Kaiser Health News covers health care in the Midwest out of our bureau in St. Louis.

As Overdoses Soar, More States Decriminalize Fentanyl Testing Strips

Georgia may soon join a growing list of states decriminalizing the use of fentanyl testing strips. Bans of the strips — on the books in about half of states, experts say — stem from laws criminalizing drug paraphernalia adopted decades ago. But the testing devices are now recommended to help prevent overdose deaths.

Downsized City Sees Its Health Care Downsized as Hospital Awaits Demolition

A 124-year-old hospital in a midsize Rust Belt city in Indiana will soon be torn down, despite protests from residents and city officials decrying the loss of local health services. The Catholic hospital system said it is downsizing the 226-bed hospital because of a lack of demand for inpatient care, as the organization has been building new hospitals in wealthier suburbs.

KHN’s ‘What the Health?’: Finally, a Fix for the ‘Family Glitch’

President Joe Biden welcomed former President Barack Obama back to the White House this week to announce a new policy for the Affordable Care Act that would make subsidies available to more families with unaffordable employer coverage. Meanwhile, Congress struggled to find a compromise for continued federal funding of covid-19 vaccines, testing, and treatments. Tami Luhby of CNN, Shefali Luthra of The 19th, and Jessie Hellmann of CQ Roll Call join KHN’s Julie Rovner to discuss these issues and more.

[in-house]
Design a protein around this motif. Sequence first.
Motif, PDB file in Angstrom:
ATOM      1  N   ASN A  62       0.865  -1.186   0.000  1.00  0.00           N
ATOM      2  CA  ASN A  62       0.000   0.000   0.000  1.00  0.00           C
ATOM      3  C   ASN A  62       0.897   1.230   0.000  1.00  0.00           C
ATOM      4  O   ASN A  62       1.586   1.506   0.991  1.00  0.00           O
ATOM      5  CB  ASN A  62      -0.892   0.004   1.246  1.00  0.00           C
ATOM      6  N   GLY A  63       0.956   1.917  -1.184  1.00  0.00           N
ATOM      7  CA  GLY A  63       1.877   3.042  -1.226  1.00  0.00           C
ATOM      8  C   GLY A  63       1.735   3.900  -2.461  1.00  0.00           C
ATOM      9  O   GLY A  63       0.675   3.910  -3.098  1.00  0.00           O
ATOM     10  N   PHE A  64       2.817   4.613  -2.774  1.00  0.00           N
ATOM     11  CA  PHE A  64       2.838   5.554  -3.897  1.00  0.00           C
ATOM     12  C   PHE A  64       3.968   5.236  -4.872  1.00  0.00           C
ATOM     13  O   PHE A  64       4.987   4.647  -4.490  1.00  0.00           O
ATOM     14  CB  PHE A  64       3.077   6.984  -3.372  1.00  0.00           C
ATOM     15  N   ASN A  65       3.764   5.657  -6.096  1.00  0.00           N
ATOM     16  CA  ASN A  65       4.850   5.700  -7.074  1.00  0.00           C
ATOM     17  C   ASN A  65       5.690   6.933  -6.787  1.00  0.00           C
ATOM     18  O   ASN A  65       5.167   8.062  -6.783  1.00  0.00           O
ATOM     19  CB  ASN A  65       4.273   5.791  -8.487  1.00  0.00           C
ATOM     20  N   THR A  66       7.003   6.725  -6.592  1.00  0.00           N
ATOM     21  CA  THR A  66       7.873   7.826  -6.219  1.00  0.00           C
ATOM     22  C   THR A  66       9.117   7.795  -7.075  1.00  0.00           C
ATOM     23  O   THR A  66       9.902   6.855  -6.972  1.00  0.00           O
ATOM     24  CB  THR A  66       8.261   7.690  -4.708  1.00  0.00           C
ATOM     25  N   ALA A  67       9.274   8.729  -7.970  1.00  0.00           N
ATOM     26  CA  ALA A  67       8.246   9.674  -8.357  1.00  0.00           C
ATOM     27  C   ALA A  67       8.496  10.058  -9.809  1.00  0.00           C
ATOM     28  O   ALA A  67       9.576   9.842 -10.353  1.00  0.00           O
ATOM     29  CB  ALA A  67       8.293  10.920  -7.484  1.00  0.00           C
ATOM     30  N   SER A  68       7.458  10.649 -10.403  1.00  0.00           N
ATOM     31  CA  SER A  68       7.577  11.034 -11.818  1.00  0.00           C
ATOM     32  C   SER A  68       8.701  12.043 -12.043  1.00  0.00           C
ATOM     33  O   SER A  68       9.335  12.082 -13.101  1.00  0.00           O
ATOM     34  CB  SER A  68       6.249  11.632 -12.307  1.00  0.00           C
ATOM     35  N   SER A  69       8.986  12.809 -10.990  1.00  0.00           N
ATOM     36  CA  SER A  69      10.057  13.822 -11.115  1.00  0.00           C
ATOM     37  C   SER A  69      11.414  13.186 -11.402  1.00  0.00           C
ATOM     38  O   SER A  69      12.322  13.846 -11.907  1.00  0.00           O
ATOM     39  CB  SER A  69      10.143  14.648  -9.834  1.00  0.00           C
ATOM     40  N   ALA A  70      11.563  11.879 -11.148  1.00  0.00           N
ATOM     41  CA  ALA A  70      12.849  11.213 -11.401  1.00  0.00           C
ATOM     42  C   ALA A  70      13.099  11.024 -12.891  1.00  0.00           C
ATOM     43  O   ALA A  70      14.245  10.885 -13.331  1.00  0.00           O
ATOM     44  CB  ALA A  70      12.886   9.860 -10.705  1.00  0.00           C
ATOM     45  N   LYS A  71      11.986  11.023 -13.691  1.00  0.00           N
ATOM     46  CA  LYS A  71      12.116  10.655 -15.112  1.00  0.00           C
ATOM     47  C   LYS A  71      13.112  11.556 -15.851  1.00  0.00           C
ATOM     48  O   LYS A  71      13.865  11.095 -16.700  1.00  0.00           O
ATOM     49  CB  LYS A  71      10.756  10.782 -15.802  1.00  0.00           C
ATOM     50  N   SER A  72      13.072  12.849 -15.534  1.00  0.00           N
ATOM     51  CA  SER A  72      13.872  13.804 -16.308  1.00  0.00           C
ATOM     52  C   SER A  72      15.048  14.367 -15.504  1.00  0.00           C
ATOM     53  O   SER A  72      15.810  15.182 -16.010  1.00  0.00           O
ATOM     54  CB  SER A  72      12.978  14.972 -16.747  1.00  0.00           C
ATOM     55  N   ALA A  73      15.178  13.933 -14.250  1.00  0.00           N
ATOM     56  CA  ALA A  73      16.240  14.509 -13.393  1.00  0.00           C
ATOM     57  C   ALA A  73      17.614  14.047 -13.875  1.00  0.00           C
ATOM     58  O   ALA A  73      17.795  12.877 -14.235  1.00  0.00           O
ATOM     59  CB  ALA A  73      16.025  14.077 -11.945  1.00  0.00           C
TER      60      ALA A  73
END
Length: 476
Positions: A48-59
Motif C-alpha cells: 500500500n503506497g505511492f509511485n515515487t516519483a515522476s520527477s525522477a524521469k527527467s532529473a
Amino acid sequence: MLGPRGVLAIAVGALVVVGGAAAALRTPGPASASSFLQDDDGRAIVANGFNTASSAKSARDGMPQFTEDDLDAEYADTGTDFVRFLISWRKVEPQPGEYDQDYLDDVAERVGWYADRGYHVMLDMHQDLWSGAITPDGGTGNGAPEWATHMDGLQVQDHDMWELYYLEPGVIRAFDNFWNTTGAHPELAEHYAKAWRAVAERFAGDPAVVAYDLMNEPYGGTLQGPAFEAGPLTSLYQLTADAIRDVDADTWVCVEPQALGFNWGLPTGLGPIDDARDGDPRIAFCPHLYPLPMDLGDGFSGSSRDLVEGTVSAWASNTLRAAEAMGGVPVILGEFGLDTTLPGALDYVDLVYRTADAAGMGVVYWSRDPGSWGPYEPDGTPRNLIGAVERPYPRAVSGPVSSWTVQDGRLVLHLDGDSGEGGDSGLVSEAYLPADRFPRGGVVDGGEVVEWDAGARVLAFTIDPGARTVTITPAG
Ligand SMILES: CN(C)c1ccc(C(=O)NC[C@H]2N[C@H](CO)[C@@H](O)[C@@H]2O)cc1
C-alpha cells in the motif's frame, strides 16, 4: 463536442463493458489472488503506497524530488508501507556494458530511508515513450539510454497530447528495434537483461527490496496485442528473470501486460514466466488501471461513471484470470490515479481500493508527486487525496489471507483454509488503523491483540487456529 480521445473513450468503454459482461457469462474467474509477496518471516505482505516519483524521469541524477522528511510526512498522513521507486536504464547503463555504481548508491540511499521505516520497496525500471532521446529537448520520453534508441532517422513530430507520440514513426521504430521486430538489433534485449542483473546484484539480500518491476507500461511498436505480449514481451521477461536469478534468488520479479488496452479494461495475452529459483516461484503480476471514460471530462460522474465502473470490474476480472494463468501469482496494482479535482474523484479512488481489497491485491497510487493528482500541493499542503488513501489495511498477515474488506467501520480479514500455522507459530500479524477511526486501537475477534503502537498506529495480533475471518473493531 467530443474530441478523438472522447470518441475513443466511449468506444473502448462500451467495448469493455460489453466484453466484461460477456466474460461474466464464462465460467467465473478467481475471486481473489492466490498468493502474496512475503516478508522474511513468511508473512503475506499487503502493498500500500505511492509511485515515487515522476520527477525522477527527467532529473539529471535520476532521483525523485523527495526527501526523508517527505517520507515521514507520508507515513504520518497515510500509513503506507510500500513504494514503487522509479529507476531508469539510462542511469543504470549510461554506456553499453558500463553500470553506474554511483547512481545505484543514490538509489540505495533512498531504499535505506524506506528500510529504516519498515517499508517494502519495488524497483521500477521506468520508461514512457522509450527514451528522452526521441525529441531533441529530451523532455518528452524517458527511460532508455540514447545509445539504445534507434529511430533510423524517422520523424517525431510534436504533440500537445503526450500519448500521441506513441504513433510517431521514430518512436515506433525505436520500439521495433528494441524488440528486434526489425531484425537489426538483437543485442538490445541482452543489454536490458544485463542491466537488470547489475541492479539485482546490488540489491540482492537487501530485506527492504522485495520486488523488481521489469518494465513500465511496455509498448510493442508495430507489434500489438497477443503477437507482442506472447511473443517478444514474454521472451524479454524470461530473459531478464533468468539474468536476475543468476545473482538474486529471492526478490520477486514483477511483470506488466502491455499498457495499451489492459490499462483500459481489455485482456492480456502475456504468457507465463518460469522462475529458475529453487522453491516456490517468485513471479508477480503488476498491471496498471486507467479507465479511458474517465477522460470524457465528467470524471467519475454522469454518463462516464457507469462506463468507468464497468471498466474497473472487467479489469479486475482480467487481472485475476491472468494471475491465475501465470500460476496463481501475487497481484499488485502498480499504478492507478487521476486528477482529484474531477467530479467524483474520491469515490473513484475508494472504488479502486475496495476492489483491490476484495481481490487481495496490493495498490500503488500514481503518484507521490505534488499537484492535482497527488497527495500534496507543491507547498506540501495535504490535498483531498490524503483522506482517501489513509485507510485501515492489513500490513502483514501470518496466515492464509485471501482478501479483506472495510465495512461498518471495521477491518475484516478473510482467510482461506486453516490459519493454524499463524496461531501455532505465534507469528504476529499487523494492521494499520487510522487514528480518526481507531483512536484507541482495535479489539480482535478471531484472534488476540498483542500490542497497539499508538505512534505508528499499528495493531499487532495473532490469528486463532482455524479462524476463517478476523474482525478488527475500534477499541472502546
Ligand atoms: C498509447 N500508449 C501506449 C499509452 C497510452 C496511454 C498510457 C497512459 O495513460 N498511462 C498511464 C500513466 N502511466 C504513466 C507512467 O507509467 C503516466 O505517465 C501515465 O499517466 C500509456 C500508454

Pandemic Funding Is Running Out for Community Health Workers

Illinois used federal pandemic money to hire community health workers who connect people with food banks and rental assistance programs, just like public health officials have long hoped to do. What will happen to the community trust that has been built up when the federal money runs out and the workers disappear?

Missouri Takes Months to Process Medicaid Applications — Longer Than Law Allows

Missouri has more people waiting to have their Medicaid applications processed than it has approved since the expansion of the federal-state health insurance program. Although most states process Medicaid applications within a week, Missouri is taking, on average, more than two months. Patient advocates fear that means people will stay uninsured longer, leading them to postpone care or get stuck with high medical bills.